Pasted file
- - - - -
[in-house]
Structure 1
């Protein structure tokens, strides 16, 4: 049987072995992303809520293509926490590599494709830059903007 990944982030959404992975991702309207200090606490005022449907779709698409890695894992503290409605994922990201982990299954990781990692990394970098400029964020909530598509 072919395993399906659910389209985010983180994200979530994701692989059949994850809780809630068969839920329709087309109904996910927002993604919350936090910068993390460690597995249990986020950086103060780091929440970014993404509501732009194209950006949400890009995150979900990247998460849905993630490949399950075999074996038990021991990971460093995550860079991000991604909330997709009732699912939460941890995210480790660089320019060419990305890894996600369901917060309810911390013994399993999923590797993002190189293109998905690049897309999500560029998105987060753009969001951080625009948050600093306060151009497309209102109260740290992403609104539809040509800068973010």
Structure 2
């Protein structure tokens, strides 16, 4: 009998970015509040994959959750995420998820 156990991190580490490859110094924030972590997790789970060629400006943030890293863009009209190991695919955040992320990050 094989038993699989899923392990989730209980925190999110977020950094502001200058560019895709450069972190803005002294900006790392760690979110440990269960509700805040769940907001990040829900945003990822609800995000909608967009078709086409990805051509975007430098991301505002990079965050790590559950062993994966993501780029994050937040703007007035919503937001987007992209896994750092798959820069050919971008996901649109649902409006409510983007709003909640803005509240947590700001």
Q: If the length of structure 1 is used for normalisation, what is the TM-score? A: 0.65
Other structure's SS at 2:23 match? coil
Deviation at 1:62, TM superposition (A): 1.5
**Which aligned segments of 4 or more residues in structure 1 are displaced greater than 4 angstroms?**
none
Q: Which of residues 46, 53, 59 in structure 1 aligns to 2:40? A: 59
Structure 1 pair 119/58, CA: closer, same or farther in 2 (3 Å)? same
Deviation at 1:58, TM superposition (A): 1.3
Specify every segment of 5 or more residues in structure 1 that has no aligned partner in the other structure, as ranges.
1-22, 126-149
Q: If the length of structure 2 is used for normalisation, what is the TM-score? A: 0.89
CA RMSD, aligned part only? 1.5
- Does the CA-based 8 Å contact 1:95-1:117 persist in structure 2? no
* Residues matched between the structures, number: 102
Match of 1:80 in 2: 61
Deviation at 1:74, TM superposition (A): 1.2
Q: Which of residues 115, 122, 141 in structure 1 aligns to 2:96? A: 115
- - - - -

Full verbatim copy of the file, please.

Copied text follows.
[in-house]
Structure 1
């Protein structure tokens, strides 16, 4: 049987072995992303809520293509926490590599494709830059903007 990944982030959404992975991702309207200090606490005022449907779709698409890695894992503290409605994922990201982990299954990781990692990394970098400029964020909530598509 072919395993399906659910389209985010983180994200979530994701692989059949994850809780809630068969839920329709087309109904996910927002993604919350936090910068993390460690597995249990986020950086103060780091929440970014993404509501732009194209950006949400890009995150979900990247998460849905993630490949399950075999074996038990021991990971460093995550860079991000991604909330997709009732699912939460941890995210480790660089320019060419990305890894996600369901917060309810911390013994399993999923590797993002190189293109998905690049897309999500560029998105987060753009969001951080625009948050600093306060151009497309209102109260740290992403609104539809040509800068973010």
Structure 2
């Protein structure tokens, strides 16, 4: 009998970015509040994959959750995420998820 156990991190580490490859110094924030972590997790789970060629400006943030890293863009009209190991695919955040992320990050 094989038993699989899923392990989730209980925190999110977020950094502001200058560019895709450069972190803005002294900006790392760690979110440990269960509700805040769940907001990040829900945003990822609800995000909608967009078709086409990805051509975007430098991301505002990079965050790590559950062993994966993501780029994050937040703007007035919503937001987007992209896994750092798959820069050919971008996901649109649902409006409510983007709003909640803005509240947590700001």
Q: If the length of structure 1 is used for normalisation, what is the TM-score? A: 0.65
Other structure's SS at 2:23 match? coil
Deviation at 1:62, TM superposition (A): 1.5
**Which aligned segments of 4 or more residues in structure 1 are displaced greater than 4 angstroms?**
none
Q: Which of residues 46, 53, 59 in structure 1 aligns to 2:40? A: 59
Structure 1 pair 119/58, CA: closer, same or farther in 2 (3 Å)? same
Deviation at 1:58, TM superposition (A): 1.3
Specify every segment of 5 or more residues in structure 1 that has no aligned partner in the other structure, as ranges.
1-22, 126-149
Q: If the length of structure 2 is used for normalisation, what is the TM-score? A: 0.89
CA RMSD, aligned part only? 1.5
- Does the CA-based 8 Å contact 1:95-1:117 persist in structure 2? no
* Residues matched between the structures, number: 102
Match of 1:80 in 2: 61
Deviation at 1:74, TM superposition (A): 1.2
Q: Which of residues 115, 122, 141 in structure 1 aligns to 2:96? A: 115